Bush's Sudden Tax Cut Turnaround

October 27, 1991|By KAREN HOSLER

WASHINGTON. — Washington -- It seemed like a giant tornado went roaring through the White House last week and spun everyone around in the opposite direction.

One day White House Chief of Staff John H. Sununu was on television belittling a middle-income tax cut plan offered by Senator Lloyd Bentsen, D-Tex. The next day, White House spokesman Marlin Fitzwater announced President Bush is considering something very similar.

Until then, Mr. Bush has considered the defense budget so inviolable that he recently predicted it might even have to grow despite massive nuclear arms cuts. Suddenly, that defense budget appeared on the table as a possible source of White House-approved financing for such tax cuts.

And the protective fortress many in the administration had built around last year's painfully-wrought budget agreement with Congress just seemed to disappear.

"Everything's under review; we're looking at all options," said Mr. Fitzwater.

For months, the White House had clung stubbornly to the view that the recession was over and nothing needed to be done for the economy except hang tough against free-spending Democrats. Now, it seems in the throes of complete conversion.

It's not yet clear whether the White House turn-about -- which was actually some weeks in the making -- will ultimately result in relief for taxpayers, a stimulus to the economy or additional benefits to the jobless -- the ostensible goals sought by Democrats and Republicans alike.

Only two months remain for a tax program to be enacted in time to take effect next year, and Congress had hoped to spend one of those months on vacation. Mr. Bush leaves tomorrow night on the first of nearly four weeks of diplomatic missions that will bring him home just as Washington opens its traditional round of Christmas parties.

Speedy action on such a complicated issue as tax cuts would probably require more good faith than it is reasonable to expect from an incumbent president seeking re-election and from the opposition-led Congress, some of whose members will be trying to oust him.

But the persuasive argument at the White House has been that President Bush must be able to convince voters -- whose lifestyles have been radically diminished by layoffs, salary cuts, business losses and other economic setbacks -- that at least he tried to do something.

Until last month it had seemed to most in the White House that Mr. Bush's foreign policy successes would be enough to carry him through the 1992 election handily as long as the economy bounced back at a moderate rate.

But it hasn't. Growth is slow and halting, consumer confidence is down and layoffs continue to the spread the pain. Some economists belief there could be a second dip of the recession.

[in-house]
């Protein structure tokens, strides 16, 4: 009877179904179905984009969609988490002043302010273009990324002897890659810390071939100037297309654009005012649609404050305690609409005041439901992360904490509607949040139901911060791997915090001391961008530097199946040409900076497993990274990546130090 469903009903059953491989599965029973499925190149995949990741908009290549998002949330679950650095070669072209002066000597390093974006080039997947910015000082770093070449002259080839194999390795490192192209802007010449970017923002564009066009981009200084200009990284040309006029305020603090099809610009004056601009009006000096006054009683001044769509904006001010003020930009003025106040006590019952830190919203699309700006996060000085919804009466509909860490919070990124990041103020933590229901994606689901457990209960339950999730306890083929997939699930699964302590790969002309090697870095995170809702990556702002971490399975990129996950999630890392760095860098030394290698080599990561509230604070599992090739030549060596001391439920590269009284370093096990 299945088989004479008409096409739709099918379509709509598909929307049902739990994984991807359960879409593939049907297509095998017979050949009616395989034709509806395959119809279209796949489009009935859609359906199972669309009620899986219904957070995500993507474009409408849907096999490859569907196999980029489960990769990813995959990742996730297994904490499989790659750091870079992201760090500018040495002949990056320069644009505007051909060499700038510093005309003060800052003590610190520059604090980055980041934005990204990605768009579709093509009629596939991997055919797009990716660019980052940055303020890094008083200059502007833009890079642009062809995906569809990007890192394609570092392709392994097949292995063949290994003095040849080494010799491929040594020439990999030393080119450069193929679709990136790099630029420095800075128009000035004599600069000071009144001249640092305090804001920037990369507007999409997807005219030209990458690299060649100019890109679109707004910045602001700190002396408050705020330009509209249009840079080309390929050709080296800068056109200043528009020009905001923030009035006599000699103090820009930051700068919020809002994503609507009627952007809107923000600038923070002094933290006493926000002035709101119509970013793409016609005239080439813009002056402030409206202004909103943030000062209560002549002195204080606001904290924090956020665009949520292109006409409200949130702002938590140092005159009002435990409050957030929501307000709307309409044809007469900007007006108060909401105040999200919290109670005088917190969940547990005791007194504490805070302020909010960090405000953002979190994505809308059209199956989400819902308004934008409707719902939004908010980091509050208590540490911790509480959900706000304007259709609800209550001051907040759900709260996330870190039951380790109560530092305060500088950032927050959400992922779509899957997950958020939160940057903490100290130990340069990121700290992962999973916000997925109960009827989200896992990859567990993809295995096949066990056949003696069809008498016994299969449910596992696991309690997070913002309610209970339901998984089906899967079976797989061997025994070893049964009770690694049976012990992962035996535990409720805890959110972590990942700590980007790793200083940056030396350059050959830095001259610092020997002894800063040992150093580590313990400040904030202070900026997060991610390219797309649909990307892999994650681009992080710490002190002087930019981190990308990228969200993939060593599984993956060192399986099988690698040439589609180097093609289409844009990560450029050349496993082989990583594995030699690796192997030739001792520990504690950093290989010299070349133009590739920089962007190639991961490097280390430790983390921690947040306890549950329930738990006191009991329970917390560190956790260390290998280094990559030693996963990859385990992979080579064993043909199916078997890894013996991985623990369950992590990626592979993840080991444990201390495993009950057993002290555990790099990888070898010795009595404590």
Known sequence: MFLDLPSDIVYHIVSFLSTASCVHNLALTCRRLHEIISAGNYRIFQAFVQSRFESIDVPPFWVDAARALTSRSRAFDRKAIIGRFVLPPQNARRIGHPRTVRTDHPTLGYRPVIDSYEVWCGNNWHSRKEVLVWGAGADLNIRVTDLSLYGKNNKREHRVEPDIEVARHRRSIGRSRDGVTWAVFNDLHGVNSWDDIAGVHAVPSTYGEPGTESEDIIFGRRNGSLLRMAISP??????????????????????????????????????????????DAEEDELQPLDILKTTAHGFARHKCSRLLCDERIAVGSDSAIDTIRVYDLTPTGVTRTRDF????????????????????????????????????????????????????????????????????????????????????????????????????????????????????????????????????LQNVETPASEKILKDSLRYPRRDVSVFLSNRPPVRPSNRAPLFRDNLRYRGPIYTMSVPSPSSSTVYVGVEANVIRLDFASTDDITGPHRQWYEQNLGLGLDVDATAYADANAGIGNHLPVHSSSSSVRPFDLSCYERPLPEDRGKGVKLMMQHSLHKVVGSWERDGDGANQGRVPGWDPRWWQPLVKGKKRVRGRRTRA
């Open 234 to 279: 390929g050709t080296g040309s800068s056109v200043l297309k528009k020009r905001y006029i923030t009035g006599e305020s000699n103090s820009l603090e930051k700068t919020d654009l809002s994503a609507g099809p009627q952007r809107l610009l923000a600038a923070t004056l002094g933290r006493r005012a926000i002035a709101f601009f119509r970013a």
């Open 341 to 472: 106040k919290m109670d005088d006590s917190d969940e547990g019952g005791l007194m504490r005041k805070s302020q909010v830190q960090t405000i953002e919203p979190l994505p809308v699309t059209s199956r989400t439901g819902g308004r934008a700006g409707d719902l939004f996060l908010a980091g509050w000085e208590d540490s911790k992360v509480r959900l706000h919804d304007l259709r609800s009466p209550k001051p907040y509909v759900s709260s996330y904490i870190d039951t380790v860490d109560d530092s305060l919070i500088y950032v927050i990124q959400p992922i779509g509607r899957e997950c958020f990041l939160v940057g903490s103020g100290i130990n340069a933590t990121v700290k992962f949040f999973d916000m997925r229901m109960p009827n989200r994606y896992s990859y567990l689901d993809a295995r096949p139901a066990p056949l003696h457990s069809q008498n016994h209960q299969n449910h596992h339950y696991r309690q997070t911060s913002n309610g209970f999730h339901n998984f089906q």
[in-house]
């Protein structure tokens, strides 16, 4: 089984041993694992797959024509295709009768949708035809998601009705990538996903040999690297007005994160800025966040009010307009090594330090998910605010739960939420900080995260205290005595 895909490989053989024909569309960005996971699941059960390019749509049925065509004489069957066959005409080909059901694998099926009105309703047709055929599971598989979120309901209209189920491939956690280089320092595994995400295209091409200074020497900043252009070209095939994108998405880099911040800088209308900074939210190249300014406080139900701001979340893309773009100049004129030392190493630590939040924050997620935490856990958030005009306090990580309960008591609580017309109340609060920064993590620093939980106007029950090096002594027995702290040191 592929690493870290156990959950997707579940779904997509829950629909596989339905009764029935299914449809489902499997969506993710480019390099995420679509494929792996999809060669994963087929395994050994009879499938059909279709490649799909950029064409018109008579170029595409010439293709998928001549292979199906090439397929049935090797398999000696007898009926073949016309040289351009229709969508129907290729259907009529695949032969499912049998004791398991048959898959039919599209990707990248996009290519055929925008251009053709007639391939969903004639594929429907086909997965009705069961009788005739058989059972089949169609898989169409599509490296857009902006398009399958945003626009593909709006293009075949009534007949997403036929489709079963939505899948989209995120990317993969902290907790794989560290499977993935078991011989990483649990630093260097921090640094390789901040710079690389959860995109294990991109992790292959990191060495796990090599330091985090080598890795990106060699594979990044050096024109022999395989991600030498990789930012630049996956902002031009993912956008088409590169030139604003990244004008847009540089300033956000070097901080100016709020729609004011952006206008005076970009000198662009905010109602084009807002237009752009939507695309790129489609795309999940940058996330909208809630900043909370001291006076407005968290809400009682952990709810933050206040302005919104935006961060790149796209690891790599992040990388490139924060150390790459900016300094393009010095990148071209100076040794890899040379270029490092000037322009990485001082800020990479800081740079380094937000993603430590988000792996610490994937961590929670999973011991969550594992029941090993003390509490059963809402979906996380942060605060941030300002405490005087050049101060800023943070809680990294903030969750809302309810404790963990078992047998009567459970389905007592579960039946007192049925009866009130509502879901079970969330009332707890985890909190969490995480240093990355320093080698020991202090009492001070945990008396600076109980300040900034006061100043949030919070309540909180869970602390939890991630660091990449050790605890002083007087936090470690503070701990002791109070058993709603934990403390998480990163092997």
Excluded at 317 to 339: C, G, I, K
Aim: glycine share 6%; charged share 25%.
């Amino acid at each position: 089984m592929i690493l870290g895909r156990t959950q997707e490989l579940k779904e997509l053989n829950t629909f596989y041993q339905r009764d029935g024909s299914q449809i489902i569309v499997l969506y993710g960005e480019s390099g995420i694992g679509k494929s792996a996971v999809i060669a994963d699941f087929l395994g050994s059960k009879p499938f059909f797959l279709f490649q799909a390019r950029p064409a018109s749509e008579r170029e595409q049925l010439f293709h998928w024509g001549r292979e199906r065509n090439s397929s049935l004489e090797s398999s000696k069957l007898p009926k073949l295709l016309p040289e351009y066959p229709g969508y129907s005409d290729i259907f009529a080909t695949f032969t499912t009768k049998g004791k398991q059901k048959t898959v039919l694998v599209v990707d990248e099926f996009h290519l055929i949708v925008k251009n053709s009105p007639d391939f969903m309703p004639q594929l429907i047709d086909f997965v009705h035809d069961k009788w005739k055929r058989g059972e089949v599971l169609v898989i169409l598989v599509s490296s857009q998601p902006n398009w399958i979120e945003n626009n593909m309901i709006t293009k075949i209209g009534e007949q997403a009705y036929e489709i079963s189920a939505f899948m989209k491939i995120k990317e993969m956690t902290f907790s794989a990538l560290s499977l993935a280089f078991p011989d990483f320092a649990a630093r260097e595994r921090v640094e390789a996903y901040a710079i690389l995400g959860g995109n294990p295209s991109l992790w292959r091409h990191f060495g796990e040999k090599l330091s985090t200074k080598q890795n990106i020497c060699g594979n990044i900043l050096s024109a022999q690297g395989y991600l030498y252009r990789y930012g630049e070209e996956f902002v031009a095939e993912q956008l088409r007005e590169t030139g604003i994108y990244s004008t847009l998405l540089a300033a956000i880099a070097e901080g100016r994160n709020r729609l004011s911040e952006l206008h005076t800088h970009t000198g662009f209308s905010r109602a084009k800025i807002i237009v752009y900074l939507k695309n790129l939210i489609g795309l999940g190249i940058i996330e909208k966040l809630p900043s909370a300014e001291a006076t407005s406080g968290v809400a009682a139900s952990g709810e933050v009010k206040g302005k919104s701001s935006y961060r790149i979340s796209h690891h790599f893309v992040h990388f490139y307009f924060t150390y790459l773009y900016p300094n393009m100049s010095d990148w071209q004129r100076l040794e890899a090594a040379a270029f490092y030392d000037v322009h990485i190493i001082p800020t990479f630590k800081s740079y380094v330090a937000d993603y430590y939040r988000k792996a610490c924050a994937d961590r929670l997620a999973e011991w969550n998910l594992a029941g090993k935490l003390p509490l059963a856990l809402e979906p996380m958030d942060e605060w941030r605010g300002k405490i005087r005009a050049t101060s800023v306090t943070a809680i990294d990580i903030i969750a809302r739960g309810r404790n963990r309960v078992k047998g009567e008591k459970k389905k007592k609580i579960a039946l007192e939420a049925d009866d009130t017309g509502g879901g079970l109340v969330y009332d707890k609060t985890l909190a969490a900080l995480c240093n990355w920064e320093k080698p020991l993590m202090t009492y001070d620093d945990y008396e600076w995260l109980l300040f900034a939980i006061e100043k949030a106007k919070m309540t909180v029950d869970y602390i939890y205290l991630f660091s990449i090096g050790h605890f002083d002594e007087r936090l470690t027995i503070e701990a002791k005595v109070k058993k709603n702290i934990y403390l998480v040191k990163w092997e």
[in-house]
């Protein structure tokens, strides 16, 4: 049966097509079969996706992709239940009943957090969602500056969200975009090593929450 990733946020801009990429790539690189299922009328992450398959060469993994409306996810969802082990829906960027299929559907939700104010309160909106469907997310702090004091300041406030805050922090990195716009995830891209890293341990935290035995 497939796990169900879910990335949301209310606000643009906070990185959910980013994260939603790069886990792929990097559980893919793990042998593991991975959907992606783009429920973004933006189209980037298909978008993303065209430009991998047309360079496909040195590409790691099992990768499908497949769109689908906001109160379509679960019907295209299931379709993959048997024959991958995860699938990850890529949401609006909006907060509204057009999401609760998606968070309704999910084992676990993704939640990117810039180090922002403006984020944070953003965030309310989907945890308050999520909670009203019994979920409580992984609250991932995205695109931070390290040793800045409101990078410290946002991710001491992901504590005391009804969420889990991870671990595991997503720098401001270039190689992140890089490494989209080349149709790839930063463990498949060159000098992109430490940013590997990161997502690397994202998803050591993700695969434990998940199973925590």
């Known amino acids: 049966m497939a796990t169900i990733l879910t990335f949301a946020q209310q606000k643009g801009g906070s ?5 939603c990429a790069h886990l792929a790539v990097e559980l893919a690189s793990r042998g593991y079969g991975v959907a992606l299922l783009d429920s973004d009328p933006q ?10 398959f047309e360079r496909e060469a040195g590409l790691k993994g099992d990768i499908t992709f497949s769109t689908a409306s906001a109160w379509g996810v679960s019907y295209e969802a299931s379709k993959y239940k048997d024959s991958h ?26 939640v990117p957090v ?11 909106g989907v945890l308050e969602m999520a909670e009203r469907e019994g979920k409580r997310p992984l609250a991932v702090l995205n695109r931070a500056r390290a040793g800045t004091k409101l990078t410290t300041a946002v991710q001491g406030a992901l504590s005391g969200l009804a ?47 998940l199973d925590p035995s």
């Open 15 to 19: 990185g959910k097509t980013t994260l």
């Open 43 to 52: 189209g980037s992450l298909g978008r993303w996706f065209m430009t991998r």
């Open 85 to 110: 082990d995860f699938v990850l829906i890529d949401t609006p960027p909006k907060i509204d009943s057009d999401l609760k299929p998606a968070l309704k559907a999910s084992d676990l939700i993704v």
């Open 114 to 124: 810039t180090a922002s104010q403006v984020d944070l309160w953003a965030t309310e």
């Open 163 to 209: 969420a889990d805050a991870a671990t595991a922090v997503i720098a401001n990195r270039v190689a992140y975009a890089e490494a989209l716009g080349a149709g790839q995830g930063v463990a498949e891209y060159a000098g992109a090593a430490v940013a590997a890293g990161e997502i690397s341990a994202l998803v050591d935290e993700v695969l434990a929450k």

Americans are even more worried about the economy now than they were in the midst of the recession earlier this year, according to a recent New York Times/CBS News Poll. Nearly two-thirds of those surveyed said they disapproved of Mr. Bush's handling of the economy, and by a margin of 41 percent to 35 percent, voters said a Democrat was likely to do a better job at it.

The political impact of the economy was already begining to sink in at the White House when it was observed with some horror that Mr. Bush's dramatic announcement last month of unilateral arms cuts -- ending four decades on the precipice of nuclear war -- sparked no more than a day or two of headlines.

"Everybody just went right back to talking about jobless benefits and the economy, like it never happened," one administration official said. "That was very sobering."

In fact, Mr. Bush's arms cuts fueled even more talk of a so-called peace dividend from the defense budget that might help ease the economic pain at home.

Some Bush advisors acknowledge the Democrats have been unusually successful in making the president's refusal to waive a pay-as-you-go provision in the budget deal in order to extend jobless benefits seem heartless -- especially since he has granted similar waivers for foreign emergencies.

"We should never have let that bill get to the point of a veto," said one a former Bush aide. "We didn't have to give them as much as the Democrats wanted, but we should have given them something."

A more activist approach on the economy was urged initially on the president by Vice President Dan Quayle, Housing Secretary Jack Kemp and Commerce Secretary Robert Mosbacher, who are considered by some to have keener political instincts and more outside contacts than some top Bush aides in the White House.

Resistance on the inside came largely from Mr. Sununu, Budget Chief Richard G. Darman and Treasury Secretary Nicholas Brady, according to aides familiar with the dicussions.

Until recently, those three had had been arguing strenuously for the hang-tough approach on the budget agreement and against the folly of trying to do business with a Democratic Congress that seemed eager to attack any Bush proposal as a relief bill for the rich.

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